10 March 2010

Twilight, Siena, and Smurfs (another explanation)

Twilight Saga

I am ashamed to admit (but not ashamed enough not to admit) that I not only read the The Twilight Saga books, but I liked them.

I bought the first one when I was in Romania because I have a teenager’s reading level in Romanian - I needed easy books. I reluctantly bought the book. I saw the movie on a flight to Europe (this was the best option United had for movies, which says everything about the airline, no?), sitting next to two high school girls who watched it three times. Most of the movie, I wanted to scream “would you two just fuck already." It irritated me that much. I bought the book anyway on a friend's recommendation, knowing that movies usually screw books up.

I was surprised I liked the book so much. I finished Twilight quickly, regretting not purchasing all four of them in Romanian. No worries, I bought the other three for my Kindle, and finished them in 2 days. This is my other lame explanation for the absence of posts on this site.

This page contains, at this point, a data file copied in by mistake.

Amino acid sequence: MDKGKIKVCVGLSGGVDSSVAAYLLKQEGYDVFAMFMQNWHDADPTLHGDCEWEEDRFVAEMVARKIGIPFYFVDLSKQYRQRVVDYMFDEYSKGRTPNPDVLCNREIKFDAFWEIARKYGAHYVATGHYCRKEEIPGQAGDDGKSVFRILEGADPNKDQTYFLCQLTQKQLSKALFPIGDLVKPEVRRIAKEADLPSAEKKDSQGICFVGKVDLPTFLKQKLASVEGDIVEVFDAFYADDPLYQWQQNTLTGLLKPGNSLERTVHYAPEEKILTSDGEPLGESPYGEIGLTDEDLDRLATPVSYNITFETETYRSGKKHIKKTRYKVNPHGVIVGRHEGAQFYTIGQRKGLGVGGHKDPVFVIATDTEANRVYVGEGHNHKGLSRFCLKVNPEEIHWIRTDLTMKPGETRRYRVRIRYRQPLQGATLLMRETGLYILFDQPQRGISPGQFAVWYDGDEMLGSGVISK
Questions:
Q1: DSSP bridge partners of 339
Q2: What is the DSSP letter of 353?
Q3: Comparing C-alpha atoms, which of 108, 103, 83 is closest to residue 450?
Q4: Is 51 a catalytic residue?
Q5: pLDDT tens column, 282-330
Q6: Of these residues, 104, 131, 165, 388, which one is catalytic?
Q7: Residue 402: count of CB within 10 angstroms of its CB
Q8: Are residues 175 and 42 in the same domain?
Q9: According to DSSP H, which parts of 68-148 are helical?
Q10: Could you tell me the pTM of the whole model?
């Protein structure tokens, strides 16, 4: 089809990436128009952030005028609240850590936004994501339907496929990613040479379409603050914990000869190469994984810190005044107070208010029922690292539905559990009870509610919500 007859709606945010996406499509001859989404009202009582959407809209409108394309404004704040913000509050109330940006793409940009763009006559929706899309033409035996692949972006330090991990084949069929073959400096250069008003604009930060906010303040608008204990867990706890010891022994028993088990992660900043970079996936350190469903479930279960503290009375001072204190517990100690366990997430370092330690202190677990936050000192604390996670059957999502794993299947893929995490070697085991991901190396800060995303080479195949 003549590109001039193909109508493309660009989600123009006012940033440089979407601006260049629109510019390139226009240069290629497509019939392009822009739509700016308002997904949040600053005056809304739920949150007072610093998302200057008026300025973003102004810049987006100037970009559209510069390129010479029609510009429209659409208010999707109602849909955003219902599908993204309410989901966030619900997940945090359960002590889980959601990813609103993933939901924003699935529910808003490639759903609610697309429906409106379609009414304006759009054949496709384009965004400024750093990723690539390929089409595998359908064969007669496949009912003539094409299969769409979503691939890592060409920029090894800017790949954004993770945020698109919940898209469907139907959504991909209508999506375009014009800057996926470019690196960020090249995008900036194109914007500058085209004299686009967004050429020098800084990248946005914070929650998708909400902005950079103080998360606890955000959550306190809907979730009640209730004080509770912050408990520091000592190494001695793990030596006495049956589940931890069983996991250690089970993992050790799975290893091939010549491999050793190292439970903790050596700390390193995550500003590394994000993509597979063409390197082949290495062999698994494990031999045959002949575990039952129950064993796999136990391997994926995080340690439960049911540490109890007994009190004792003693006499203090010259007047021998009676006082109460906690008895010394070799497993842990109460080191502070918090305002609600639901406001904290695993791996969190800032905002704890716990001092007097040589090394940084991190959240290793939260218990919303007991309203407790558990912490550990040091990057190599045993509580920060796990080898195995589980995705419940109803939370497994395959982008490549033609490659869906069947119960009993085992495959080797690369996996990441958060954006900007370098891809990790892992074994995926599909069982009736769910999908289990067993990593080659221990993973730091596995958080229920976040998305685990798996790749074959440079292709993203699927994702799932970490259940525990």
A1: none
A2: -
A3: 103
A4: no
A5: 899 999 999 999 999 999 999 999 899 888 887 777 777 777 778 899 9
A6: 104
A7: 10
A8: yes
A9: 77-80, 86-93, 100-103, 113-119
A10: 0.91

I may have a bit of a compulsive habit when it comes to books. I don’t know what it is about the Twilight books - they are predictable, the characters lack depth, and I never want to read the word “grimace” again - but, I still got sucked in. I must still have the sensibility of a giggling 12 year old. Judge all you want, but I am going to see the next movie too.

What does this have to do with Siena and Papa Smurf? Plenty; in my mind at least. When I was in Italy, B and his friend came to visit. My roommate and I went to Siena and Rome with them. I remembered our trip to Siena while reading New Moon, where Bella goes to Volterra (also in Tuscany) to rescue Edward. And, while we were in Siena, B and his friend spent the better part of the day discussing the communist Smurfs. See, it all fits together.

Like most things I did with B in Italy, I went back later with a friend to actually see Siena. Something of the brick and stone gothic city was lost on me that first time as B and L spent the day arguing the finer points of Smurf episodes from a communist theory perspective.
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